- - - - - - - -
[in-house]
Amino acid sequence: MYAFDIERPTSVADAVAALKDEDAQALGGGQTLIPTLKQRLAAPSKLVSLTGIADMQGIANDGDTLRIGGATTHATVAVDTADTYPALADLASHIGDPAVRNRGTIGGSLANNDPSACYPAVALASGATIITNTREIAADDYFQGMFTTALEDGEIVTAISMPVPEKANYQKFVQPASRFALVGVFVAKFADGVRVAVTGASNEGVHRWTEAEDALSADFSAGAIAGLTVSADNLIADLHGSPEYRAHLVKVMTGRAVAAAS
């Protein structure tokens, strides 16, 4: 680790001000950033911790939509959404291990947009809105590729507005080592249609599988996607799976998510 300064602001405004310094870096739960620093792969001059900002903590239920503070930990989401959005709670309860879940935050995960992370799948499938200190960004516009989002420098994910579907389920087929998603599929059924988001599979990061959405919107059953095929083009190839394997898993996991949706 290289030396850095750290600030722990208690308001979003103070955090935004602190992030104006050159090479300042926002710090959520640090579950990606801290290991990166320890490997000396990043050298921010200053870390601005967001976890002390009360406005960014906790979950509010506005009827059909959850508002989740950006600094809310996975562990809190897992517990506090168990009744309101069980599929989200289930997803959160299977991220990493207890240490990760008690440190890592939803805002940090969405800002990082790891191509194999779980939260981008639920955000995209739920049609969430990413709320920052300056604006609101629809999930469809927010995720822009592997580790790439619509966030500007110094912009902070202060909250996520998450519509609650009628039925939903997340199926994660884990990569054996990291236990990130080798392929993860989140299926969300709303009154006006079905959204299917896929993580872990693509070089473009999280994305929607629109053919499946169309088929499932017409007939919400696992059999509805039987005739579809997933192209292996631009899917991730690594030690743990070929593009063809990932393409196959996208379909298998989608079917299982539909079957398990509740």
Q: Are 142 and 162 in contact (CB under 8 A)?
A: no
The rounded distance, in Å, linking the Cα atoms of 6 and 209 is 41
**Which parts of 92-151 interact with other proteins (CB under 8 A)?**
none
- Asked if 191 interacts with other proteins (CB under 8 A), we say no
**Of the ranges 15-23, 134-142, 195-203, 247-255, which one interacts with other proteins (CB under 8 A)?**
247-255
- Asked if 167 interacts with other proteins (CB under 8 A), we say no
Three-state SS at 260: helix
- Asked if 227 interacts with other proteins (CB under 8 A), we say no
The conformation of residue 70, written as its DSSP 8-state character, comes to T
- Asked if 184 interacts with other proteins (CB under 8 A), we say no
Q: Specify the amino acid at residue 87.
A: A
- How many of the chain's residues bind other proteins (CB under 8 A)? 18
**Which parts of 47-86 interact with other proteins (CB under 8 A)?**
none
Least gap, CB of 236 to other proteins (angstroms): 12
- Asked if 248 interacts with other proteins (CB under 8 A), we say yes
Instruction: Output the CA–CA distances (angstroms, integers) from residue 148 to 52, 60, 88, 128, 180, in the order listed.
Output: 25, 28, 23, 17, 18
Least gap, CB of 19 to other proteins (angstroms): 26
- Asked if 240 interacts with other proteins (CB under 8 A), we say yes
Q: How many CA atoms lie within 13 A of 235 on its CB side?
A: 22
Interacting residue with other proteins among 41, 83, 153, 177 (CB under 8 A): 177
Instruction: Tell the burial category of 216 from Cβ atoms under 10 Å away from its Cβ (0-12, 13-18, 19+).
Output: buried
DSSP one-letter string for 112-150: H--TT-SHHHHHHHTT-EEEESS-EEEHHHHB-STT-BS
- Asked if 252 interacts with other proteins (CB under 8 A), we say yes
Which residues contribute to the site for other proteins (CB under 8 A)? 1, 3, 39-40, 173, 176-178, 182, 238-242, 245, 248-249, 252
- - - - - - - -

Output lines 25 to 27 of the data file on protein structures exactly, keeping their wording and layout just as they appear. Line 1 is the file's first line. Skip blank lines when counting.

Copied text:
Output: 25, 28, 23, 17, 18
Least gap, CB of 19 to other proteins (angstroms): 26
- Asked if 240 interacts with other proteins (CB under 8 A), we say yes